At the time of our arrival back here to Southern California in May, this house held all our earthly possessions. Overstuffed to the point we did not know all the time where certain items were. . . not a good sign.
We have majorly reformed in this regard. We are agreeing with Jesus in a very tangible and practical way with what he taught about covetousness: ". . . life does not consist in the abundance of his possessions." (Luke 12:15, ESV) This is more growth on my lovely wife's part than on mine. . . she had to over and over say, "do I need it or do I want it?" (And. . . "Can it be repurchased in Cuenca after we get there?") She learned through this hard path of winnowing out what you really need to keep for the Journey ahead - and regarding the excess as dross - some very practical spiritual truth. Since we can't take it with us when we die, we might as well get rid of it now while we can decide who gets it! That part of the disposing of possessions has been the better part of it for her I think. Me? I've been getting rid of things too. Many things I would have liked to share with those of the younger generation in terms of my books, papers and such. No one has asked to see them, much less read them. . . out they went. Of course the furniture being donated has been the dagger in the whole thing. Now this house is virtually bare, and ready for the new owner. It still takes my breath away. But we're doing it to be free to serve our Lord in Ecuador and be able to travel there.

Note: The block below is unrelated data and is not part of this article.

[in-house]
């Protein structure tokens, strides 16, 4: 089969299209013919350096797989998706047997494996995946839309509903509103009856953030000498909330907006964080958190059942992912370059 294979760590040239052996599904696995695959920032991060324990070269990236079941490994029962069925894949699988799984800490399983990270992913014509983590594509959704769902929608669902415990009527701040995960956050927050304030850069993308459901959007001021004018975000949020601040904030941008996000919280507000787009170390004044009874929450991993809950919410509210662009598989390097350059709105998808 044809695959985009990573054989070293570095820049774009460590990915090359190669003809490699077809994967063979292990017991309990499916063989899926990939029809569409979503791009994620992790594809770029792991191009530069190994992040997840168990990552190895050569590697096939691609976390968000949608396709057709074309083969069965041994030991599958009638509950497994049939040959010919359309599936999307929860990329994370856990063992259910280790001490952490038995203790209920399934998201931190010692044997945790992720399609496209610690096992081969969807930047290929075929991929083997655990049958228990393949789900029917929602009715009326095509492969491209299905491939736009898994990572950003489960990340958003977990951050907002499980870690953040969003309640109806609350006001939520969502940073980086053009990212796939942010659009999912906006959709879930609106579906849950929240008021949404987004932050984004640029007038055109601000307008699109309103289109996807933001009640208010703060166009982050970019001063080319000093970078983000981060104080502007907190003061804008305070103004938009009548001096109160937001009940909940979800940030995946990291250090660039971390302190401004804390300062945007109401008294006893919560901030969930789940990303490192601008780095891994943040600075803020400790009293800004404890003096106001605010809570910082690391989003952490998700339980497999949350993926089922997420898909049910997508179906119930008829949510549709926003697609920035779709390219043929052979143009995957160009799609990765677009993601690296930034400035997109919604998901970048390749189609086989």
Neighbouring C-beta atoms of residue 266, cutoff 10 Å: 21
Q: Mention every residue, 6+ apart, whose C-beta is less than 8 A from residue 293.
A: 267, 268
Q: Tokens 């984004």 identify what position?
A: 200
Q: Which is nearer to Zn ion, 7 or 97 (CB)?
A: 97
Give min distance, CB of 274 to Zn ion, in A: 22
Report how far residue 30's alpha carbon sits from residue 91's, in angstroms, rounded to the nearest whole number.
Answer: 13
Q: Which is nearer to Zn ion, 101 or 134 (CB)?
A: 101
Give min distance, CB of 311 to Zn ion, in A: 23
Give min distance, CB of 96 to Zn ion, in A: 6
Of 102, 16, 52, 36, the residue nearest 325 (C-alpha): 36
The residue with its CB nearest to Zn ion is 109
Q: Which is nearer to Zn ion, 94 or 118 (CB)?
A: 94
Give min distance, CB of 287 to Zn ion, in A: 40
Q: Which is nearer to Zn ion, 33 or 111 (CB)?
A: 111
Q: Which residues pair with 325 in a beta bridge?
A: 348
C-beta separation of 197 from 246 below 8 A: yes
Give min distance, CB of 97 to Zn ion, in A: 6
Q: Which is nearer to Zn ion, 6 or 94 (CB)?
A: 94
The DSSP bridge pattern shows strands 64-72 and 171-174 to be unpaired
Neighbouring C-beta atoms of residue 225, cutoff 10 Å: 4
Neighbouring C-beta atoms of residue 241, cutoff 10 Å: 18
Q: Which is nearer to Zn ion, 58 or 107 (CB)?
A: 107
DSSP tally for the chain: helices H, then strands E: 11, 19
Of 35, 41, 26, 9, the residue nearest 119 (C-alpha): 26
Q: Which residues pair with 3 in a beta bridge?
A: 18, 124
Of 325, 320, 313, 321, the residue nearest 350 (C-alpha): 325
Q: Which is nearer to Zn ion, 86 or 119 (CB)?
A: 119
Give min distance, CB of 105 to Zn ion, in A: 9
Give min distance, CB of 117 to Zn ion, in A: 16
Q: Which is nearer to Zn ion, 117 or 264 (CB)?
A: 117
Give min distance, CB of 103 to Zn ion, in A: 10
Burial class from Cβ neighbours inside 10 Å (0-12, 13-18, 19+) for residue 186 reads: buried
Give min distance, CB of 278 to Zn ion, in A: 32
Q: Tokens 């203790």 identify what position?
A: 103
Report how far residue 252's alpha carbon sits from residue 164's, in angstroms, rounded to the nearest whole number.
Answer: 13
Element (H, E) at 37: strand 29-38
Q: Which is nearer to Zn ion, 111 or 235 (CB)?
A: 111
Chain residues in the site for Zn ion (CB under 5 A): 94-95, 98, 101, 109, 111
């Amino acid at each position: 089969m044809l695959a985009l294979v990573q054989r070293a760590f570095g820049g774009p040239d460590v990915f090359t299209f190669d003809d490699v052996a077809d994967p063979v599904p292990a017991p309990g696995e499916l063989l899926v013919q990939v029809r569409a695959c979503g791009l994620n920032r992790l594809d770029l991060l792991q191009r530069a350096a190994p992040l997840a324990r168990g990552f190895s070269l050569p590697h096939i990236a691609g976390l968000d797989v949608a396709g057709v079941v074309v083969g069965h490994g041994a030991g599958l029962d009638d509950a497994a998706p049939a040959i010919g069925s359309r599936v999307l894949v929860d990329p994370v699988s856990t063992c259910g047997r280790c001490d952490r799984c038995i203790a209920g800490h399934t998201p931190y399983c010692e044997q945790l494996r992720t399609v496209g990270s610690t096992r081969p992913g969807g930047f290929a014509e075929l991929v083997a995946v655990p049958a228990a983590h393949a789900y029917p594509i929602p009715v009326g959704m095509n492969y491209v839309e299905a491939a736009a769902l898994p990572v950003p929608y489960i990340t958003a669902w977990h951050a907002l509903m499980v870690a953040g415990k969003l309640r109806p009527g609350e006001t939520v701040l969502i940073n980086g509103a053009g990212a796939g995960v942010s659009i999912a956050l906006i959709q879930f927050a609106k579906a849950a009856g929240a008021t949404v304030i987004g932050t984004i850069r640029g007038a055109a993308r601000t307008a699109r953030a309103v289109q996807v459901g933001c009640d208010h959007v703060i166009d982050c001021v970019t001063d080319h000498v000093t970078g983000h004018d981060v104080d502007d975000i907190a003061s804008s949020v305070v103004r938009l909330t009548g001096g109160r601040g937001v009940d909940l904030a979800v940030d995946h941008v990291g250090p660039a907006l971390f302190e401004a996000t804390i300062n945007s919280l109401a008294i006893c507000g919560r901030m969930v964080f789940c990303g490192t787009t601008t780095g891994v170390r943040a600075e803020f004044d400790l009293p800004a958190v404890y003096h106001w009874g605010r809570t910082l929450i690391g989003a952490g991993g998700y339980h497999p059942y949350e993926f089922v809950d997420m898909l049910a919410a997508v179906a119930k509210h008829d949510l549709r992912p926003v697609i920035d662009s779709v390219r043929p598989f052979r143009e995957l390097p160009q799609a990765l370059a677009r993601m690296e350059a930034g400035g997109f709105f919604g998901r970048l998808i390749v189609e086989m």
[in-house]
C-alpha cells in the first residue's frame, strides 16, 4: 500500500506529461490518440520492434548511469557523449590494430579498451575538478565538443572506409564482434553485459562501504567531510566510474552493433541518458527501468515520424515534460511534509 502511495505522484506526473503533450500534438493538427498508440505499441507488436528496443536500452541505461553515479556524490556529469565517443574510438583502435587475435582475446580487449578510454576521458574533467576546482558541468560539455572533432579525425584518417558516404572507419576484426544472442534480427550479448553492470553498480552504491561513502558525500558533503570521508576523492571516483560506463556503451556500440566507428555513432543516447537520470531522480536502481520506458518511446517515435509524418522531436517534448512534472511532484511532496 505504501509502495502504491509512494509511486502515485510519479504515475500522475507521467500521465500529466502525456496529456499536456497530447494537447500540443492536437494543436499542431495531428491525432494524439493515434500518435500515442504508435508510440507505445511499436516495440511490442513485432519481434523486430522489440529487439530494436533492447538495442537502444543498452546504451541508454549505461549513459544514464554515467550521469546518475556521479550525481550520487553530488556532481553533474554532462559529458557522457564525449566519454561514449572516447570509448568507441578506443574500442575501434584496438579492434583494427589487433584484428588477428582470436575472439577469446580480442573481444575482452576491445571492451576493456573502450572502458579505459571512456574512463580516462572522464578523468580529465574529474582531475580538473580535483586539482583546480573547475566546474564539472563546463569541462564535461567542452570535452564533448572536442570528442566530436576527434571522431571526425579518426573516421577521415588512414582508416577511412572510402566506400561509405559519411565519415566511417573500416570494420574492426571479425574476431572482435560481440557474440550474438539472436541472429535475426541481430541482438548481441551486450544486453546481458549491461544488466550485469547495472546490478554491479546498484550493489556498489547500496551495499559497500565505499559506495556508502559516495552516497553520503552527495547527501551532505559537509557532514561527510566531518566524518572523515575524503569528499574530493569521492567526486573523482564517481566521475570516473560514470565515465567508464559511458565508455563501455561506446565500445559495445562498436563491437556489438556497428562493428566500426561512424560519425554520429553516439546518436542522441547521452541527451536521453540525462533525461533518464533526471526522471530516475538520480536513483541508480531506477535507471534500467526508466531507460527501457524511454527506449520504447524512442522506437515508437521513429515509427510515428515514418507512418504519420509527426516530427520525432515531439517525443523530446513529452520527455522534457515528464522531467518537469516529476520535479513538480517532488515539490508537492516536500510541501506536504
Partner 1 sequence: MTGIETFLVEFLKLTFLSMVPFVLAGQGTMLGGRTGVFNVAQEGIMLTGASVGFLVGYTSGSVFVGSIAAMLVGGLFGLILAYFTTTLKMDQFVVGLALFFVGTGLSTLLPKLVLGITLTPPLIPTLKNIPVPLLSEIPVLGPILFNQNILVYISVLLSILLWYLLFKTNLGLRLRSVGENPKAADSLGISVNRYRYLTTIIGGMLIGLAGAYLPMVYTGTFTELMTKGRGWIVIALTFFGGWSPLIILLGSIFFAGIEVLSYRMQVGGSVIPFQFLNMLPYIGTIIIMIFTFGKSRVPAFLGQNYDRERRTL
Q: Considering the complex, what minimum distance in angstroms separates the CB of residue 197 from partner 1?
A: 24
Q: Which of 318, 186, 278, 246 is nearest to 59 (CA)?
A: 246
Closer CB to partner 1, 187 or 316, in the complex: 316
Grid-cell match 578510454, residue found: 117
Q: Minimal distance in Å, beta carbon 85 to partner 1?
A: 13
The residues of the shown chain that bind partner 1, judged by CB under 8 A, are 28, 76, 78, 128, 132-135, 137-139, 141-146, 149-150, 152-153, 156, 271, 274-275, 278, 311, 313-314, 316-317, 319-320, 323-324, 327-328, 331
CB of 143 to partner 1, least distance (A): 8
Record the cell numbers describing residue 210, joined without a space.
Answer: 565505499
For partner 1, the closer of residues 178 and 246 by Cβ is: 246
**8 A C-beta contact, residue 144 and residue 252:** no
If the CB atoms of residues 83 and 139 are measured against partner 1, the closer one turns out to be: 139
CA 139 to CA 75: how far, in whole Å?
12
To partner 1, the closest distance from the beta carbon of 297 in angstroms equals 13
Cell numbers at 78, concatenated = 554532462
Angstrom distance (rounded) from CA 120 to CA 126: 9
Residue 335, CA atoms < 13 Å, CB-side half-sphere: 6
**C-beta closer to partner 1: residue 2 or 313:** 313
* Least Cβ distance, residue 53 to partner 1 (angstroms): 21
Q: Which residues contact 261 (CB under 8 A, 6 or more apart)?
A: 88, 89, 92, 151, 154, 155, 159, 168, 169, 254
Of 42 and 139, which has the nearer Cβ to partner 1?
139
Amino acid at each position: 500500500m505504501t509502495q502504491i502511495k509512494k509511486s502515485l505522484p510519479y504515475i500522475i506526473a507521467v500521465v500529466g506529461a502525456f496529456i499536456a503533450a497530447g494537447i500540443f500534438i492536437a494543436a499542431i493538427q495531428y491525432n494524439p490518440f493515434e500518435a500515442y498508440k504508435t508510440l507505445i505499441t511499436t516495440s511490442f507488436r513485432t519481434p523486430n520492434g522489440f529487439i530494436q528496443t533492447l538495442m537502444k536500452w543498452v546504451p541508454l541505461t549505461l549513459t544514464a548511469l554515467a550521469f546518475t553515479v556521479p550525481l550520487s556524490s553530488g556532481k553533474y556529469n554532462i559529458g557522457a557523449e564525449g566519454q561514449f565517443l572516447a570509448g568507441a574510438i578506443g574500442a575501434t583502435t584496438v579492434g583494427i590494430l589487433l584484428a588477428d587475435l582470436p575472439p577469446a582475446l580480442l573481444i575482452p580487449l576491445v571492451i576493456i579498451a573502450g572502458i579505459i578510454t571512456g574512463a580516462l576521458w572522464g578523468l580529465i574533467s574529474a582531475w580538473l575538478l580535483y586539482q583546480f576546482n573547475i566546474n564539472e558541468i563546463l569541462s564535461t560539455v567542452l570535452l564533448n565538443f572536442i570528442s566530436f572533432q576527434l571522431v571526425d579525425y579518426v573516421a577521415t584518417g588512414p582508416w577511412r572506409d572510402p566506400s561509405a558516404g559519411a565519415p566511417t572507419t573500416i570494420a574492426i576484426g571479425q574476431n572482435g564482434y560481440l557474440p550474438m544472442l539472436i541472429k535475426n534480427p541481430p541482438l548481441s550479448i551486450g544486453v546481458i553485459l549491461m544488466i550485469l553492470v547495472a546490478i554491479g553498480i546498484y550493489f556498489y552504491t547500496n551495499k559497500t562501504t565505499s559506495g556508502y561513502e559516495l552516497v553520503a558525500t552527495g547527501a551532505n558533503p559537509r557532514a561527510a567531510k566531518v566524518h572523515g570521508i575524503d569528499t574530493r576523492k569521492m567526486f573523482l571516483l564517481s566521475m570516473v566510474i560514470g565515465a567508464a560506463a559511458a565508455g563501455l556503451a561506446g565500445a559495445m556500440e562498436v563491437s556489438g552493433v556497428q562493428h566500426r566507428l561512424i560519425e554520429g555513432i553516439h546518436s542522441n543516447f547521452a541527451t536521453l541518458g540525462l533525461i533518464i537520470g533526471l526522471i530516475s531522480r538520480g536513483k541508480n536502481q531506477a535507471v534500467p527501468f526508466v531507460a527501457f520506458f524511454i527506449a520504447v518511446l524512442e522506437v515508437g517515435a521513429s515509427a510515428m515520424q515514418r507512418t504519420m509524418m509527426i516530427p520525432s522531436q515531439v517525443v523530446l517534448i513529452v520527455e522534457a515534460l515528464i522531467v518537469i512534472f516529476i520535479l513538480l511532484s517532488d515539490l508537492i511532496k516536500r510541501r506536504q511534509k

Organized, knowing where things are. . . excellent position to be in. I found our wedding photos and DVD for example, not knowing for years - for years - where exactly they were. I had faith they were squirreled away somewhere here. . . and they were! No more of that. From now on, we know where things are wherever we live at. . . and we will never again overstuff our residence like this place had been.
I am so very proud of my bride in getting to this point where our possessions are barely covering the floor of our temporary storage unit. . . with lots of room to spare. We will decide in the coming days what things to donate that my very understanding, supportive cousin Pam will not take as long term storage at her and her husband's residence - she has limited space and can't possibly store everything - and what isn't donated, or left in long term storage with my cousin gets to make the cut and get into baggage to fly with us.